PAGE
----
How Michigan kind of, sort of, illegitimately became a state on Jan. 26, 1837
Michigan, Ohio, the Erie Canal and the no good very bad 30 year border conflict
Happy 183nd birthday, Michigan! You look great. Honestly, you don’t look a day over 125. What’s your secret? Pilates? Whatever it is, keep it up. It’s working.
Pleasantries aside, Michigan, we have to talk. It's about your southern border and how your statehood wasn't exactly... legitimate. I know, I know, you're insecure about it.
It's because we care, you know that, right? We love you and think you're beautiful regardless. You've definitely grown into yourself. In your old photos you look less like a state and more like a deflated latex glove.
Michigan's jagged border and how we became a state
To really dig into it, we need to talk about how you became a state.
After the 1783 Treaty of Paris officially ended the American Revolutionary War, Great Britain surrendered a large chunk of land that would later go on to become Ohio, Indiana, Illinois, Wisconsin, part of Minnesota and Michigan.
In 1787, Congress passed the Northwest Ordinance, designating the surrendered land as the Northwest Territory -- which was the first organized territory of the United States. At the time, the furthest western border of the country was the Mississippi river.
The Northwest Ordinance drew out borders for future states within the territory. One of these boundaries was a straight line from the southern tip of Lake Michigan to Lake Erie.
Those who are good at retaining information -- or have looked at a map of Michigan at any point after 1816 -- are aware that Michigan's southern border is, in fact, not a straight line.
How the War of 1812 made a mess of Michigan's clean border
Ohio became the 17th state in 1803, becoming the first state in the Northwest Territory. Its northern border being the proposed state line. Shortly after that, Congress designated the Michigan and Illinois territories.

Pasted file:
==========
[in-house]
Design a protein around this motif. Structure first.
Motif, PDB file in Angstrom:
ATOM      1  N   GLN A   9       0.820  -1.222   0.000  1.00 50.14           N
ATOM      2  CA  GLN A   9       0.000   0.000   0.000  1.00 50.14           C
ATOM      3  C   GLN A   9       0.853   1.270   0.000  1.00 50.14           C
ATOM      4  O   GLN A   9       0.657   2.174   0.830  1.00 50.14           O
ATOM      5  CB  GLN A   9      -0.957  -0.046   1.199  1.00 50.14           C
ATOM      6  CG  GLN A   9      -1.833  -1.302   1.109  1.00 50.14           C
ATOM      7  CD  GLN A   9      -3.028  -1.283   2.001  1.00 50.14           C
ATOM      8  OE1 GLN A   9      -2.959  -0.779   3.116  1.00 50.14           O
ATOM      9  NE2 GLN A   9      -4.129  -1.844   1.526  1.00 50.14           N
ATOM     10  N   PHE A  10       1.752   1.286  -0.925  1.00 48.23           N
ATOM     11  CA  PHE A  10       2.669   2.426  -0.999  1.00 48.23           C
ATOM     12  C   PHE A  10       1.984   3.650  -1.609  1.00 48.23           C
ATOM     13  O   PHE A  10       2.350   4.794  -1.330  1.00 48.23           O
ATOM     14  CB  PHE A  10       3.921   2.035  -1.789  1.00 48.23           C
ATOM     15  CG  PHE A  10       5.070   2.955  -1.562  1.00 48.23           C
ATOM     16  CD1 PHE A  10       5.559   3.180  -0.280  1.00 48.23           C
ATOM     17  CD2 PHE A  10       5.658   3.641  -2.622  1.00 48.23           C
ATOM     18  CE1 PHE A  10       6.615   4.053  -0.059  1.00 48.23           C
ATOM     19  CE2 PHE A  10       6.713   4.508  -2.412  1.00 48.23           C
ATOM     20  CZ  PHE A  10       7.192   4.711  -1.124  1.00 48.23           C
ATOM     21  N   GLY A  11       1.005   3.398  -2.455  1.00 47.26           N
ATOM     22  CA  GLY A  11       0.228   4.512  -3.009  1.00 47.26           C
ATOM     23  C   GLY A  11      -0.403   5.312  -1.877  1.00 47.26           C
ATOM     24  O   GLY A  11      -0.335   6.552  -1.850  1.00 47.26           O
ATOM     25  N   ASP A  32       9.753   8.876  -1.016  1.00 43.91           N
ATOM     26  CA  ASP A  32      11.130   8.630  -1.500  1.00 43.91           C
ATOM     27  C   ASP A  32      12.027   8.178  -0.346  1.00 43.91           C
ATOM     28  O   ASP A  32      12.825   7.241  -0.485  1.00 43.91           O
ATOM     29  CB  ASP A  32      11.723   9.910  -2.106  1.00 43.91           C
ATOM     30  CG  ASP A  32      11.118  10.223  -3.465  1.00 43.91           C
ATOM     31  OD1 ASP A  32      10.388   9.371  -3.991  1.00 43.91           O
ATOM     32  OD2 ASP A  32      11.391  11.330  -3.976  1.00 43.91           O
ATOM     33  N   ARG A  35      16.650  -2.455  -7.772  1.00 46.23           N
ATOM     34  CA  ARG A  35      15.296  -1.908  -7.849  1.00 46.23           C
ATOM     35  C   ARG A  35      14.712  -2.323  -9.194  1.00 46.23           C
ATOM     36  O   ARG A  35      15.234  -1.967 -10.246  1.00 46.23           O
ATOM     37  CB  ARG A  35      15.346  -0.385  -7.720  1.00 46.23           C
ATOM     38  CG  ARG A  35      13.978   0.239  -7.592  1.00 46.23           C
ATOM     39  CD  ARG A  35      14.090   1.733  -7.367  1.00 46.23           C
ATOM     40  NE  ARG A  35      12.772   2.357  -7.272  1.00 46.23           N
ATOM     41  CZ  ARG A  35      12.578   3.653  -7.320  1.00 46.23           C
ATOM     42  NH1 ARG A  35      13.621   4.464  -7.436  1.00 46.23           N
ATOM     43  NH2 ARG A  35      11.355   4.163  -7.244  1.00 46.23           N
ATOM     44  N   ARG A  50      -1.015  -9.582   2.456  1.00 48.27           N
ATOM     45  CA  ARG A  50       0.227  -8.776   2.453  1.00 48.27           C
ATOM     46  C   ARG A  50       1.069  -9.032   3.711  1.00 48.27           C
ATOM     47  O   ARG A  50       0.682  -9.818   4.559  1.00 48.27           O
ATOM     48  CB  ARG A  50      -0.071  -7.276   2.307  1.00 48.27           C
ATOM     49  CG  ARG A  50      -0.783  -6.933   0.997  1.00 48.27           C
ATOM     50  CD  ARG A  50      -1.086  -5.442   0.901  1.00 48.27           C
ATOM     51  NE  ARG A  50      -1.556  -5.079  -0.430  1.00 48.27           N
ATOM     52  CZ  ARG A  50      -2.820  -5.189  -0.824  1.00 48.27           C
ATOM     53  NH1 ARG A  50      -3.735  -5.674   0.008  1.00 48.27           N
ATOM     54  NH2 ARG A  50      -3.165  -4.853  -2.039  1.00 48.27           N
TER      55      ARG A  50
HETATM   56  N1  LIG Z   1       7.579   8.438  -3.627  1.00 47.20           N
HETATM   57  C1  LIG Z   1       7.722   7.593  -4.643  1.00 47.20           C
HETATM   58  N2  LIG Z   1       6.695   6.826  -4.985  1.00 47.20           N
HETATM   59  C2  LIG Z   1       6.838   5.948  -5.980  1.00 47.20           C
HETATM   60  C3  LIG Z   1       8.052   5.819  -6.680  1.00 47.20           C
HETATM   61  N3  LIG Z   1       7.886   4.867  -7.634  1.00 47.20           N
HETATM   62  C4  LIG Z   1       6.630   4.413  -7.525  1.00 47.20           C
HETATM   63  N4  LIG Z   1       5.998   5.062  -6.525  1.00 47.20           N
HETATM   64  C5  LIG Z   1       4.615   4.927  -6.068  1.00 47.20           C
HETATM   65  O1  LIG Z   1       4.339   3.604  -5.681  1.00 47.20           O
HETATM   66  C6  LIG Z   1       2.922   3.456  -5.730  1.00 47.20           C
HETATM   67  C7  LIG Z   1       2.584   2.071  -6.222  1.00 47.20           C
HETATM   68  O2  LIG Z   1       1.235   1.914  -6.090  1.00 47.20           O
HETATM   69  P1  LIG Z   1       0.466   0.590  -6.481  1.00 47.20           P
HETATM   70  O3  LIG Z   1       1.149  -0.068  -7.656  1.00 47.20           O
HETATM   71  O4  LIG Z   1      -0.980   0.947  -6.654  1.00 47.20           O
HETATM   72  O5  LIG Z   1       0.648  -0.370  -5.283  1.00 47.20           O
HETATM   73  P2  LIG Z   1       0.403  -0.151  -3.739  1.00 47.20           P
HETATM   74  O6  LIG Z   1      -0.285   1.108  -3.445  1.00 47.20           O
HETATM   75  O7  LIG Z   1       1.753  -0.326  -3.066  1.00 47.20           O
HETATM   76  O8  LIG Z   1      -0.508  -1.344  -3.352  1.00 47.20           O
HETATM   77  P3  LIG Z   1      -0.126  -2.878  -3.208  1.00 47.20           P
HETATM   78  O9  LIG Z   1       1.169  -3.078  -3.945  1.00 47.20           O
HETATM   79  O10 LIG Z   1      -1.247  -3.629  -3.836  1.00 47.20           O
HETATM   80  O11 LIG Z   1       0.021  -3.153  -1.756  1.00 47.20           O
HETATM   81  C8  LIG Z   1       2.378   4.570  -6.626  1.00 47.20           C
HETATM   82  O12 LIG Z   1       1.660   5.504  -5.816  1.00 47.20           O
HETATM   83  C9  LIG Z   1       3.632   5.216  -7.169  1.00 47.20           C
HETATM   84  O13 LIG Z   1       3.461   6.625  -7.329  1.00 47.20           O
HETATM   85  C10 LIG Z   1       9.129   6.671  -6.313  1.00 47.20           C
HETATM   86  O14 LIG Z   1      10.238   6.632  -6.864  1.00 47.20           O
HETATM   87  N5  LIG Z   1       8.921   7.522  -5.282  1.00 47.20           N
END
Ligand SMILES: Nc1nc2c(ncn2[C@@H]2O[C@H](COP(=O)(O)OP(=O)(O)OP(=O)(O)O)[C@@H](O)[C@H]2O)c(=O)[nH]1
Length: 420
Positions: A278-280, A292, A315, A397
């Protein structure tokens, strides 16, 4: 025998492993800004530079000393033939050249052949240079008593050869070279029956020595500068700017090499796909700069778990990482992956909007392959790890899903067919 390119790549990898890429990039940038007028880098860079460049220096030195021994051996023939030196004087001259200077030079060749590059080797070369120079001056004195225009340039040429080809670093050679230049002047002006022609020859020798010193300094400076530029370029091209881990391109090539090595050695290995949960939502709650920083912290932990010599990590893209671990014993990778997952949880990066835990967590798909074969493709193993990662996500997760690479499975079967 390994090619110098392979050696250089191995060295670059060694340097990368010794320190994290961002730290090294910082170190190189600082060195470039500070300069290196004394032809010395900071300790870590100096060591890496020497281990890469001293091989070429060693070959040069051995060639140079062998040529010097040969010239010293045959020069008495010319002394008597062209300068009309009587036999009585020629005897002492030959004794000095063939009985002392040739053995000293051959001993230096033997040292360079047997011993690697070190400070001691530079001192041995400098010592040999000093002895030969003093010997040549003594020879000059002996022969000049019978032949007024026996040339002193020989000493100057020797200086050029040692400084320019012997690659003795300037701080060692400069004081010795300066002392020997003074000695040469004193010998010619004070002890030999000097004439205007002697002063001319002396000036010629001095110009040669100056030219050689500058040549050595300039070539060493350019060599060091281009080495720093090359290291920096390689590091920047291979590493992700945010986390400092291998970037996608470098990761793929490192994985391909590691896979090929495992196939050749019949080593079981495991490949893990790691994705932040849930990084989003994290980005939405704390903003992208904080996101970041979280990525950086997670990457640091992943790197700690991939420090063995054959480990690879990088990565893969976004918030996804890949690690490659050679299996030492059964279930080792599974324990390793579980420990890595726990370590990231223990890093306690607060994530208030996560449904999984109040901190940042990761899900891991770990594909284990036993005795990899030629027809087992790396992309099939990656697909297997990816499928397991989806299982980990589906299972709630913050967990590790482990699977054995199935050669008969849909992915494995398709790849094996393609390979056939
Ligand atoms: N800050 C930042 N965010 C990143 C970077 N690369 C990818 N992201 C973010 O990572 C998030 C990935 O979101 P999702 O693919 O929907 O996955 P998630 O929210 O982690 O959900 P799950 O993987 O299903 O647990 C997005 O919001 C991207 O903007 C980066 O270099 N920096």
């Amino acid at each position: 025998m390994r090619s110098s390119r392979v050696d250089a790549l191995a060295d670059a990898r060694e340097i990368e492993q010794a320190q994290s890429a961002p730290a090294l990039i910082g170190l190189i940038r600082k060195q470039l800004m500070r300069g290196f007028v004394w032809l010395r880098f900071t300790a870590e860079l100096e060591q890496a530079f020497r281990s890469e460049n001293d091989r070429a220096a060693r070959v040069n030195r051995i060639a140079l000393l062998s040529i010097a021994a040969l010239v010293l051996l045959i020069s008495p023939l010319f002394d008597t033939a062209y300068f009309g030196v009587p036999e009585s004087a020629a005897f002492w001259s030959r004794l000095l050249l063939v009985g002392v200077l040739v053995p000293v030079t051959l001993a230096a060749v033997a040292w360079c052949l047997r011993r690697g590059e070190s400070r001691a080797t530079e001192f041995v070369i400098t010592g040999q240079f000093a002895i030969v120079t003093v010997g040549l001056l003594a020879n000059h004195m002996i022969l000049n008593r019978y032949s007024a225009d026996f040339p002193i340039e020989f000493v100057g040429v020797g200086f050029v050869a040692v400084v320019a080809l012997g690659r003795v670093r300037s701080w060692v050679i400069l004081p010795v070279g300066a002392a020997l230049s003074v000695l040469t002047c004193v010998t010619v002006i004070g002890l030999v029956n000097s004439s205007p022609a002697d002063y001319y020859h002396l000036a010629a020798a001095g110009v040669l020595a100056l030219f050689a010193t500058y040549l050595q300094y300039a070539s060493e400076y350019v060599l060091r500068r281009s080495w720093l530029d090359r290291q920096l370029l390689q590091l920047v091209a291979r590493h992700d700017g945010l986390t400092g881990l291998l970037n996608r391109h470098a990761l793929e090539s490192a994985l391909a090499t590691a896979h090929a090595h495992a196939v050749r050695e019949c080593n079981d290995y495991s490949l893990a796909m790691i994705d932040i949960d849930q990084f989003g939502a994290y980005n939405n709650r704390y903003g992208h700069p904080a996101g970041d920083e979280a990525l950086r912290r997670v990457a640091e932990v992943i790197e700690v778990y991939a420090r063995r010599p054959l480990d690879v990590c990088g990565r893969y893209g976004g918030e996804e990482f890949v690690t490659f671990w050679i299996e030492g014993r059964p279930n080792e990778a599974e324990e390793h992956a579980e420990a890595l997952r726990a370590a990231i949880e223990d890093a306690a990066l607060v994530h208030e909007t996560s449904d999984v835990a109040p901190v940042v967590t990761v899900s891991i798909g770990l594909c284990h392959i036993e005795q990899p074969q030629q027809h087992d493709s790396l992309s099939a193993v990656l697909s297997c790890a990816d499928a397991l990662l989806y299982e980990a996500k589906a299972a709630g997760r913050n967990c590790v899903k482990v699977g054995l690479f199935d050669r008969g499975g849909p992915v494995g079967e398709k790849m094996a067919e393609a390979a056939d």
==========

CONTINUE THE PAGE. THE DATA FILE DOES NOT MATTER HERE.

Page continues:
The War of 1812 would delay the federal government's ability to survey the Ordinance Line, which led to Indiana's northern border being placed 10 miles north of the Ordinance Line. The Michigan Territory's capital was then switched from Detroit to Lansing, as there were fears that Detroit would be too easy to invade, since it was on an international border and Canada fought with Great Britain during the war.
Illinois was admitted as a state in 1816, with the more northern border, to allow the state some Lake Michigan lakefront.
Former Ohio Gov. Edward Tiffin, who was working as the Surveyor General of the Northwest Territory, had the Ordinance Line redrawn. The new line aligned with Indiana's border, giving Ohio possession of Toledo.
Michigan wasn't fond of that.
When Illinois was admitted as a state in 1818, the Michigan Territory was given ownership of parts of Minnesota and Wisconsin. The Ordinance Line was also redrawn, giving The Toledo Strip to Michigan.
Ohio wasn't fond of that.
The Toledo Zoo & Aquarium wasn't opened until 1900. What made this strip of land so important?
The Miami and Erie Canal
In 1827, Michigan claimed Toledo as Port Lawrence Township. Michigan businesses and lobbyists invested heavily in Port Lawrence. The Miami-Erie Canal, connecting Lake Erie and the Ohio River, was expected to make Toledo a massive successful port city, like Detroit, Chicago and Boston.
Lobbyists pressured Michigan politicians to make sure that Toledo remained within Michigan's borders as Michigan businesses invested in many large-scale projects -- such as rail lines and hotels -- that would ultimately be canceled, at great expense to Michigan investors.
In 1832, Michigan petitioned Congress for an Enabling Act to allow Michigan to call a constitutional convention. Congress denied the request, citing the unresolved border conflict between Michigan and Ohio.
Instead, Congress decided to redraw the border. For the fourth time.
The man who drew the line was Robert. E. Lee, who was just dipping his toes into civil wars to see how they felt, probably. He later went pretty hard in another American civil war.
In 1835, Ohio Gov. Robert Lucas passed new laws that extended the state's borders to include Toledo. Michigan lawmakers responded that any attempted control of Toledo would be seen by Michigan as a crime with the Pains and Penalties Act.
Less than a month after the Pains and Penalties Act was passed, Ohio insisted Toledo was theirs and asked to have the border drawn a fifth time -- and had the Ohio Militia present during the surveying.
Michigan Territory Gov. Stevens Mason was elected to office when he was 23, and is still the youngest state governor in American history.
Mason, who was 24 at the time, was told by his father to act slow and to allow Ohio to be the aggressor. He was told that public opinion would be on Michigan's side, since they were literally being invaded by another state's militia.
The federal government steps in and doesn't do much
Mason put Joseph Brown in charge of keeping the peace in the Toledo Strip. Brown was the founder of Tecumseh and owned shipping and stagecoach lines between Detroit, Ypsilanti, Chicago and more. He also owned inns and hotels along these lines.